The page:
Today we are going to see a rare sculpture from Hampi ( Hazara Rama temple again). The splendid photograph is courtesy Kathie and the explanation thanks to Mrs. Geetha Sambasivam. I was intrigued by a friends site about the murals in Alagar Koil of the famous Yagna done by Dasaratha.
For it involved a very special officiating Priest, brought in under special recommendation. Whats so special about him. Well he has a deer’s head to start with. Before we see the main plot, lets look into the peculiar origins of this sage. What set me on this is a chance reading of an article in the hindu.
It shows only a part of the sculptural panel and I too took it as per this mention – The deer headed saint as Rishyasingar ( as per Valmiki Ramayan) and Kalaikottu Munivar ( as per Kamban) distributing the child giving potion to the 3 wives of Dasartha. Though there were still a few loose ends, as both the literature and the murals show that he personally did not distribute it and the sculpture in question doesnt seem to show the potion /cup or pot. Thankfully Kathie managed to provide this excellent photograph of the entire panel – which ( thanks to Mrs Geetha) clears up the air. This is a different but equally interesting account of the same sage but happened much earlier.
Rishi Vibandanga, son of Rishi Kashyapa, once casts a passing glance a beautiful female deer. So great is his prowess that his very glance made the deer pregnant. In due course she gave birth – a boy with a deer’s head and human body ! His father brought him up in total isolation ( celibacy) – not even allowing the scent of women near him. ( wonder why?)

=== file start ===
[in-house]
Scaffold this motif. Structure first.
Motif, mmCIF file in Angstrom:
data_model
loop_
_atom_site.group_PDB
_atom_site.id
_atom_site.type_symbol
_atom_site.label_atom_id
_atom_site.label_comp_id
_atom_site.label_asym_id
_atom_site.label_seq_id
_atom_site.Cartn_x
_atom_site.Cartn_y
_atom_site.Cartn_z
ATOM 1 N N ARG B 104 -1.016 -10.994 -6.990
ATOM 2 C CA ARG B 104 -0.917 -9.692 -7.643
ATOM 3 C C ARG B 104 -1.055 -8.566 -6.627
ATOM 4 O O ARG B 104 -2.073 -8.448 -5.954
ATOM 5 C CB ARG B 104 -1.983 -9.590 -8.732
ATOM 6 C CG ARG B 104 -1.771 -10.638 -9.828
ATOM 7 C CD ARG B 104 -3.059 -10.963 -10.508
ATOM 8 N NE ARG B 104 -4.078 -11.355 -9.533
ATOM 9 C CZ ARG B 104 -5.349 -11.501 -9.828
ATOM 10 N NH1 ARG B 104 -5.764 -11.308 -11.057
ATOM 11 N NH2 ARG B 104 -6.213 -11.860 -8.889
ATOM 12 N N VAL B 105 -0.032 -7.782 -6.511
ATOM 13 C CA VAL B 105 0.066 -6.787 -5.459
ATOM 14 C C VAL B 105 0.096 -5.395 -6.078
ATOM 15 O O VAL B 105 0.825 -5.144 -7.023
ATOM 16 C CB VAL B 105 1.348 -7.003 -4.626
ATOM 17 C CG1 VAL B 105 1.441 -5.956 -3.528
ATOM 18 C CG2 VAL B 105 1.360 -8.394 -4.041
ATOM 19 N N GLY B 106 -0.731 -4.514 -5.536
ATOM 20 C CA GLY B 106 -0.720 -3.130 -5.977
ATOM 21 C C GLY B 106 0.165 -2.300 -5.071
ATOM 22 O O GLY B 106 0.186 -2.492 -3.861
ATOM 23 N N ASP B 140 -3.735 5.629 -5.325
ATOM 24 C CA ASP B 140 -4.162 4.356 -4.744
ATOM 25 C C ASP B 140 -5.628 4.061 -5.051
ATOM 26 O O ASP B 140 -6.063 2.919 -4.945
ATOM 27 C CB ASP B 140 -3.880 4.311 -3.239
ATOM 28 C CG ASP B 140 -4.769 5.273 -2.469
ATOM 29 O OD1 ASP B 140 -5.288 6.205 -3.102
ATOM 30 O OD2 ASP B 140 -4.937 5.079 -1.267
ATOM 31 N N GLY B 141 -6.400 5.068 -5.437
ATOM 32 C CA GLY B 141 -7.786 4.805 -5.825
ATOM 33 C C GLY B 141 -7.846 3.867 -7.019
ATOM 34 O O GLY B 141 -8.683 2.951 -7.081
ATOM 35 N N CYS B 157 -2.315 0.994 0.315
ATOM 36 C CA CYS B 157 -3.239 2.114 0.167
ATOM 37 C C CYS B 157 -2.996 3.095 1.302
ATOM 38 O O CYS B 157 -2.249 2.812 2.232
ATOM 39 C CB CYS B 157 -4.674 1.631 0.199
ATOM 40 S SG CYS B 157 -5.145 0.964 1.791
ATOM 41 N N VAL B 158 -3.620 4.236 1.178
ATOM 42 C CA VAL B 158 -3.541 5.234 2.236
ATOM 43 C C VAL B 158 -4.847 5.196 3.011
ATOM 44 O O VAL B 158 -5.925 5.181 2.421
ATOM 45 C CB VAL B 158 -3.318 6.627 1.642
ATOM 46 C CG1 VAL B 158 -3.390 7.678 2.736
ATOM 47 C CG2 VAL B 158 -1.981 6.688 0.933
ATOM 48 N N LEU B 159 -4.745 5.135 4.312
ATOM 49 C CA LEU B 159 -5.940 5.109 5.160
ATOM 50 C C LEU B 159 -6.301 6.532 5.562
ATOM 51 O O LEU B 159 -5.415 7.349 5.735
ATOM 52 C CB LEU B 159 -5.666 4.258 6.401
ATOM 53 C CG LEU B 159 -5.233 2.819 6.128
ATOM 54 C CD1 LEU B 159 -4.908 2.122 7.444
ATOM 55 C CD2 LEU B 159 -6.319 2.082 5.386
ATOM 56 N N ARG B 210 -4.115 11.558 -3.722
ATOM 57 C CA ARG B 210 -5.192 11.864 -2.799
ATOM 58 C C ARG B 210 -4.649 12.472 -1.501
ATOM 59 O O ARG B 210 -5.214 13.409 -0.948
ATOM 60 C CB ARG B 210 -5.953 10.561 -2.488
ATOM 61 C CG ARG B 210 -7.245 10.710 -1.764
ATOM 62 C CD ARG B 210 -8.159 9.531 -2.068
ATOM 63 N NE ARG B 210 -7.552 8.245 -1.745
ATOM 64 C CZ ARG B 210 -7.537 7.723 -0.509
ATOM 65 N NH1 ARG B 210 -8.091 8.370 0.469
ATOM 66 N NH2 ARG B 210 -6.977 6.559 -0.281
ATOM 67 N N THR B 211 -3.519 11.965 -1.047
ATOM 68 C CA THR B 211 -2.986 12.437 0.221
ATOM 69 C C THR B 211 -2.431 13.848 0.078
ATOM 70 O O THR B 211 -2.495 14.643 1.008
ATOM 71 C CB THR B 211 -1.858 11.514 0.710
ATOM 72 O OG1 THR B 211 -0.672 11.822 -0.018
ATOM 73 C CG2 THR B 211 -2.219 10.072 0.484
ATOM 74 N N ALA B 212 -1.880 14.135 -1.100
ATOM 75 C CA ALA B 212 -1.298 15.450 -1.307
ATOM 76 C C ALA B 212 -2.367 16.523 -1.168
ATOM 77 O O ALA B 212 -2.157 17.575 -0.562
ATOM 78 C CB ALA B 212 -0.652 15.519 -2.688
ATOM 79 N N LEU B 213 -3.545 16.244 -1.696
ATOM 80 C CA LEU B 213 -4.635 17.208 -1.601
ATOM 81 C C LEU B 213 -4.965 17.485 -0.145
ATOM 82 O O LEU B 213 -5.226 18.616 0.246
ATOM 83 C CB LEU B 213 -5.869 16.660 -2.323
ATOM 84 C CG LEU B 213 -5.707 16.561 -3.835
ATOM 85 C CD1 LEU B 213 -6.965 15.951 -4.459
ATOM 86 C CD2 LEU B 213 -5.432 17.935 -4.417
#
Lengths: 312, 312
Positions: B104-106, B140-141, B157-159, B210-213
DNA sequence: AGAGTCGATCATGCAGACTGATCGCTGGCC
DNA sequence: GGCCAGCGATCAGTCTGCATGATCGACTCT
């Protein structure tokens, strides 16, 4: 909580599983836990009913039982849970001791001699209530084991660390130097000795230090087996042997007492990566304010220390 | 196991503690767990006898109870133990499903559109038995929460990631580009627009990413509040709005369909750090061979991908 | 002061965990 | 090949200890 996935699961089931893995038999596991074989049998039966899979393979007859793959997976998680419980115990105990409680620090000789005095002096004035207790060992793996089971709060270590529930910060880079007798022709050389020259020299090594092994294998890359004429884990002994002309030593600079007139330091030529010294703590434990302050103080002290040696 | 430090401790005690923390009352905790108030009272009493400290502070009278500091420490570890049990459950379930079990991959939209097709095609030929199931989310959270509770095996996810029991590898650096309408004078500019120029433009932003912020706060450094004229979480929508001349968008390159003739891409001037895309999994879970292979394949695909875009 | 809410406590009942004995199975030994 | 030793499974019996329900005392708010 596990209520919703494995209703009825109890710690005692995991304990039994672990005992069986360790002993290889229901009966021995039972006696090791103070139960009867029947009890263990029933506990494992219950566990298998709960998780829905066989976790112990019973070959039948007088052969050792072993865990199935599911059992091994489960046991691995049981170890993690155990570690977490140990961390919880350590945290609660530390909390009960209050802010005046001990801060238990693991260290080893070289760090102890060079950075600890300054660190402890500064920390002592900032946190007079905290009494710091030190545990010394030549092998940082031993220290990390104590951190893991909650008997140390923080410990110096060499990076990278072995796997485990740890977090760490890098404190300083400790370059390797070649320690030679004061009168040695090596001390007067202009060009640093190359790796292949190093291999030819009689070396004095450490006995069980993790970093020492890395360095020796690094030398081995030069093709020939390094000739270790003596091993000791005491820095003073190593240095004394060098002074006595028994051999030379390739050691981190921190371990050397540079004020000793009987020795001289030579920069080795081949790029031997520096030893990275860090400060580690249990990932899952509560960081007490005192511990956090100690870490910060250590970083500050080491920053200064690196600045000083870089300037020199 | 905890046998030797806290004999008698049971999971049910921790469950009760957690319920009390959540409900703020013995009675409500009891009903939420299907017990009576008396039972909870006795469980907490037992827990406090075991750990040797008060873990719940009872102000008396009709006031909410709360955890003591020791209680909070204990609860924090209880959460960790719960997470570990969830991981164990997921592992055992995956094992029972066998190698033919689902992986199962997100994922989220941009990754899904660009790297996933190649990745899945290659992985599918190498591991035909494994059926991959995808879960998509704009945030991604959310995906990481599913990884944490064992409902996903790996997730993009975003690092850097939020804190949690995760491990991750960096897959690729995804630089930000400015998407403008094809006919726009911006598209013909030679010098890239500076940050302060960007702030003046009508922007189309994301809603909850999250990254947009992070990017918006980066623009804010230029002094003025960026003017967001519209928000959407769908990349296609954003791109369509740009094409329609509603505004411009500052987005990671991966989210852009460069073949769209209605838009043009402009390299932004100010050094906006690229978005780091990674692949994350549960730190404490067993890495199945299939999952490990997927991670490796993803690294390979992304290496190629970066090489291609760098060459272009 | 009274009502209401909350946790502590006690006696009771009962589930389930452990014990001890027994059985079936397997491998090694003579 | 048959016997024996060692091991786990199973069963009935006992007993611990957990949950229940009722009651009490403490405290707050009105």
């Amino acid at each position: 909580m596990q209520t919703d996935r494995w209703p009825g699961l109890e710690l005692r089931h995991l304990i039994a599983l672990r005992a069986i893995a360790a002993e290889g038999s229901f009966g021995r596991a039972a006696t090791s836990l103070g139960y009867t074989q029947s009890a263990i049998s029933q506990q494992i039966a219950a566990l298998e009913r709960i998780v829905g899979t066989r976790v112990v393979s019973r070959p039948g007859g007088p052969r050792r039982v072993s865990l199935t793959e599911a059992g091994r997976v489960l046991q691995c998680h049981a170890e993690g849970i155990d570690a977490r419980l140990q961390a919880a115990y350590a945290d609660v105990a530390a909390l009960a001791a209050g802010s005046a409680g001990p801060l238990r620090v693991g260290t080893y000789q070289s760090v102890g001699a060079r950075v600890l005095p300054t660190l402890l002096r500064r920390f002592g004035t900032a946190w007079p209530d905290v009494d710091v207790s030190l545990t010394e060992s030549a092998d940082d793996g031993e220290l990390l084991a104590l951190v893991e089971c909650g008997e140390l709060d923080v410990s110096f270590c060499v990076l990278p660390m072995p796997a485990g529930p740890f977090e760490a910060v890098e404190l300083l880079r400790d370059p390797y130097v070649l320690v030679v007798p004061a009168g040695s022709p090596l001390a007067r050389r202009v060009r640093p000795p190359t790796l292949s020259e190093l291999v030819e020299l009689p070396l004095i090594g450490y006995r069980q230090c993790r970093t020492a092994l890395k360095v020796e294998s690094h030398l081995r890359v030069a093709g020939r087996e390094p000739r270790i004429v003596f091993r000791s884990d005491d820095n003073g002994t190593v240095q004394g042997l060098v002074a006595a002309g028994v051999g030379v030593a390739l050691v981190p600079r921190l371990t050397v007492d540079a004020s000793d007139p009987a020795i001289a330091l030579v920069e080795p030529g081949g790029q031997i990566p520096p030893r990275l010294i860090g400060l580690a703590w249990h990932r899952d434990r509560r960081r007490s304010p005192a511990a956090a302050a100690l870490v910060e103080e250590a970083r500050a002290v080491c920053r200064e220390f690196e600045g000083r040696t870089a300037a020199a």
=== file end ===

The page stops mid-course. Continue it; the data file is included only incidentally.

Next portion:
In an adjoining land, a King by name Romapathan was disturbed by an unending drought troubling his subjects for years together. It seems ( ok, i am only repeating legend – fairer sex please excuse me) that pious men who have totally abstained from you know what – will bring rain. So King Romapathan decides to bring Rishyasingar to his land, but how does he do it. Well, we have seen it happen many times – carrot of course. He sent ` talented’ women dancers to entice the poor boy. Imagine the plight of the poor boy, having being depraved their company since birth, he gets an overdose. He stands no chance against the guile of these women and follows them to the Kings Land. As foretold he brings rain along with him to the parched land. Well all is well that ends well. The King did it for a good cause i guess, but he could have just gone their explained the situation and brought him. Guess epics wouldn’t be so simple.
The depiction of the plot is superbly handled by the sculptor. see how the gay abandon of the youthful Rishyasingar ` appreciating ‘ dancing damsel. Net we see him being waited upon by three ladies ( the nonchalant stylistic crossing of the legs – cant be when he facing royal queens of Dasarata) – plus as per the epic, he gave the ` potion’ to Dasaratha to distribute.
Anyway, some more good things happen. The pleased King marries his daughter Sandhai ( Santham is calm in tamil – wow, hope she lived upto her name). After that another king sought the services of Rishyasingar but for a totally different act. What is that…we will see it shortly.